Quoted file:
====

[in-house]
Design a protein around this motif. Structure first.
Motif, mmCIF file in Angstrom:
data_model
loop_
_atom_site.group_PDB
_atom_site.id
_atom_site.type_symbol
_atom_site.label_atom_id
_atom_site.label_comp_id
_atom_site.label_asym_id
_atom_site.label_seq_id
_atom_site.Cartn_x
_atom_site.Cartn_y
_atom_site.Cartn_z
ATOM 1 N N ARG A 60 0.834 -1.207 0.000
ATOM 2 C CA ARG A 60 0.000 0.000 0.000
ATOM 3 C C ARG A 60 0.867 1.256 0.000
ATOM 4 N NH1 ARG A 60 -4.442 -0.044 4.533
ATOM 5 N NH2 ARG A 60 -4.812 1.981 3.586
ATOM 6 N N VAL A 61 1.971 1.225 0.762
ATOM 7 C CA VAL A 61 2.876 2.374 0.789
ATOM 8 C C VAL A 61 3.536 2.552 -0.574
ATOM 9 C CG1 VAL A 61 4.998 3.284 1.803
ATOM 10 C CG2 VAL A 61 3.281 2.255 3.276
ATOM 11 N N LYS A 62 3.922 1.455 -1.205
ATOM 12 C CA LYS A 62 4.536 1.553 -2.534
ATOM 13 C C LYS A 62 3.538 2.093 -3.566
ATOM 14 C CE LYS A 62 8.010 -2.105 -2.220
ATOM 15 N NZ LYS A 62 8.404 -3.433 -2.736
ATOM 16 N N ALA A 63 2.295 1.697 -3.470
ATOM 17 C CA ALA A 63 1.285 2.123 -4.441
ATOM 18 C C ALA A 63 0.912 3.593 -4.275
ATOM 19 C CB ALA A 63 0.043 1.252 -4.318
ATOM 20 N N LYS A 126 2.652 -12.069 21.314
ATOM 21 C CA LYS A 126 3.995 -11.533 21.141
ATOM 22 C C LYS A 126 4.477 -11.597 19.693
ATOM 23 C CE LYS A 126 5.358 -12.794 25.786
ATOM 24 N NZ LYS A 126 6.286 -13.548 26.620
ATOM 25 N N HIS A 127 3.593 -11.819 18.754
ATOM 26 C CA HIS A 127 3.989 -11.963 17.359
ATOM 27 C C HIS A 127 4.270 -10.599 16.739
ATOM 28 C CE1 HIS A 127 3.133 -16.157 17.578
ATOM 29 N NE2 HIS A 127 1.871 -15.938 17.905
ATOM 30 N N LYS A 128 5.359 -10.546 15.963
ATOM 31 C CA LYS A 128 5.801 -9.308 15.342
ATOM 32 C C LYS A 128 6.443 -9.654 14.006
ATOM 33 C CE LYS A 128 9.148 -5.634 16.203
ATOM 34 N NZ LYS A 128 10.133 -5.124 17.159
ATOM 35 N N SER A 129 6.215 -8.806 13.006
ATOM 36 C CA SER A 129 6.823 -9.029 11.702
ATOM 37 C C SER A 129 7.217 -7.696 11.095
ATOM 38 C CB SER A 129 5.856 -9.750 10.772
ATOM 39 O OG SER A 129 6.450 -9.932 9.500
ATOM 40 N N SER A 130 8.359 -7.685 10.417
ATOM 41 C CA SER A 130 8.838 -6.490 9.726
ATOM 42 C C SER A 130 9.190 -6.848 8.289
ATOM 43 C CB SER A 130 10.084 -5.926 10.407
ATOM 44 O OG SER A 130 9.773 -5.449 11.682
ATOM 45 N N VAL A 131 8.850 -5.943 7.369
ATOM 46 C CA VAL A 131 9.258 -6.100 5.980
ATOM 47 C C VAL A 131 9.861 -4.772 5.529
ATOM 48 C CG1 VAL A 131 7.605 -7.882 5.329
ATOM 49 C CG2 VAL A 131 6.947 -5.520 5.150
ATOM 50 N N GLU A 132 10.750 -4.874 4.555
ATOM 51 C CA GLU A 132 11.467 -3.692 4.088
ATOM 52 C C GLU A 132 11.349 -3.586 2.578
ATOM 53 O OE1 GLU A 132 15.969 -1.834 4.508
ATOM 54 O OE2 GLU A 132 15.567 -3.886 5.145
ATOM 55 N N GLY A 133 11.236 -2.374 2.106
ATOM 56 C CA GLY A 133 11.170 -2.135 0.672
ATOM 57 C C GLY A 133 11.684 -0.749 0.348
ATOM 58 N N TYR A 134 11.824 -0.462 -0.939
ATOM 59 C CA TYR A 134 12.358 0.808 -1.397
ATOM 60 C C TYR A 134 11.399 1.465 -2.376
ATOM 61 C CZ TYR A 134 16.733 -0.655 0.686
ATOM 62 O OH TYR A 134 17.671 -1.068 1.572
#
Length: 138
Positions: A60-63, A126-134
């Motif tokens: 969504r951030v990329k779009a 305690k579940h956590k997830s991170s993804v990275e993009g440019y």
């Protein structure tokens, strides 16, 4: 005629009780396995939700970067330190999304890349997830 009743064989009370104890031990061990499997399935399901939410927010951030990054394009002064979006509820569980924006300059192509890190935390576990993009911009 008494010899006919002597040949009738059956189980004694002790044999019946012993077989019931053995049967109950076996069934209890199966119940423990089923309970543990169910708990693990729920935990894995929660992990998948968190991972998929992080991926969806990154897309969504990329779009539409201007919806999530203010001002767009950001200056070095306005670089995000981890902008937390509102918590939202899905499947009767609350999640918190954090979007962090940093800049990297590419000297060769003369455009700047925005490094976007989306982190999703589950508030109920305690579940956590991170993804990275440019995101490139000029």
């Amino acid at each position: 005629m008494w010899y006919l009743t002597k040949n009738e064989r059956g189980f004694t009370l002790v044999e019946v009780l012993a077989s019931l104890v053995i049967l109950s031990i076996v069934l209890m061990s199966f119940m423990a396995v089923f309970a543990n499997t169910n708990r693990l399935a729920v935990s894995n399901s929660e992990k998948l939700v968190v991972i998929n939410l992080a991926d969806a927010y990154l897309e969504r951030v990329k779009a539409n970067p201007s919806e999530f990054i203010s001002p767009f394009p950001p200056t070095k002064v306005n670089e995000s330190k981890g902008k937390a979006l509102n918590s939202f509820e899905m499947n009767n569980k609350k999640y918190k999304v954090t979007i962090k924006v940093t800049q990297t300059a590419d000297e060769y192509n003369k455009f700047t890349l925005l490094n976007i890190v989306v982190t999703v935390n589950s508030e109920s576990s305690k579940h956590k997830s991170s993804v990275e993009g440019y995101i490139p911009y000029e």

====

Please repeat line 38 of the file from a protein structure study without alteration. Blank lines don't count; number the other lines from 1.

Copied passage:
ATOM 23 C CE LYS A 126 5.358 -12.794 25.786